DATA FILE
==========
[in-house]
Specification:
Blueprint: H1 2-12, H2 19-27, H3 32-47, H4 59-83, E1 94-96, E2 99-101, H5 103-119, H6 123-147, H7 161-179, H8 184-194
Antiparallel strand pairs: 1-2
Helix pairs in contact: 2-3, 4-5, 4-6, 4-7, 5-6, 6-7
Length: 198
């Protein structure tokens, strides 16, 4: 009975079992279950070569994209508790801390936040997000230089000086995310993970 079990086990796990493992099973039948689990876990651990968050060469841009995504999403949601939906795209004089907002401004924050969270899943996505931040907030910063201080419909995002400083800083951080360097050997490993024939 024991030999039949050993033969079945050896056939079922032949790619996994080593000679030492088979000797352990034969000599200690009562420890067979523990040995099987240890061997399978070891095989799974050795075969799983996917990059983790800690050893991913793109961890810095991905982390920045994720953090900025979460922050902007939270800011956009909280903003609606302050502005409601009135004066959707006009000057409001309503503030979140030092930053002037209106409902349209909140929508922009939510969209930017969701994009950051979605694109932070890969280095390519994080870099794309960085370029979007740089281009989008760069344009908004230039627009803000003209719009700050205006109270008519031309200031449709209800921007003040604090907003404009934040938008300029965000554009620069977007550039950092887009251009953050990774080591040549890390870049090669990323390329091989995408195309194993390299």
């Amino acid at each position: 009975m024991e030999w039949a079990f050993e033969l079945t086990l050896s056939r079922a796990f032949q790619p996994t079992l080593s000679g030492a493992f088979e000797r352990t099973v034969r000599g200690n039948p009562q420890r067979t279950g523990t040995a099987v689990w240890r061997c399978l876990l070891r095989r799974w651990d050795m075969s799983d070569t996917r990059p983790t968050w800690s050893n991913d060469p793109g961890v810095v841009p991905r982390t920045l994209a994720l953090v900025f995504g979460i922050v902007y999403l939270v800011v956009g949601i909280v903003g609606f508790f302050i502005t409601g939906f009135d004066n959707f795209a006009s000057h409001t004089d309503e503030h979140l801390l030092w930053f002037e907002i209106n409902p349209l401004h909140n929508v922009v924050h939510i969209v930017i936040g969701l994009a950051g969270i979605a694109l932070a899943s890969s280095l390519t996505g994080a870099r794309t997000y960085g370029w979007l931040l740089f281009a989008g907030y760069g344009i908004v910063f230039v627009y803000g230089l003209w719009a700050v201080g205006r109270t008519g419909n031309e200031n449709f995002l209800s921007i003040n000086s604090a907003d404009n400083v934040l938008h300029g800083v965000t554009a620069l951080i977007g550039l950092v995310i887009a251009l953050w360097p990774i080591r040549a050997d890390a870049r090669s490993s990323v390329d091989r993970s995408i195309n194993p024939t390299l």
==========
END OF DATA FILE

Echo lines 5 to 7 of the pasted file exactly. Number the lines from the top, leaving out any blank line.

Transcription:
Helix pairs in contact: 2-3, 4-5, 4-6, 4-7, 5-6, 6-7
Length: 198
């Protein structure tokens, strides 16, 4: 009975079992279950070569994209508790801390936040997000230089000086995310993970 079990086990796990493992099973039948689990876990651990968050060469841009995504999403949601939906795209004089907002401004924050969270899943996505931040907030910063201080419909995002400083800083951080360097050997490993024939 024991030999039949050993033969079945050896056939079922032949790619996994080593000679030492088979000797352990034969000599200690009562420890067979523990040995099987240890061997399978070891095989799974050795075969799983996917990059983790800690050893991913793109961890810095991905982390920045994720953090900025979460922050902007939270800011956009909280903003609606302050502005409601009135004066959707006009000057409001309503503030979140030092930053002037209106409902349209909140929508922009939510969209930017969701994009950051979605694109932070890969280095390519994080870099794309960085370029979007740089281009989008760069344009908004230039627009803000003209719009700050205006109270008519031309200031449709209800921007003040604090907003404009934040938008300029965000554009620069977007550039950092887009251009953050990774080591040549890390870049090669990323390329091989995408195309194993390299």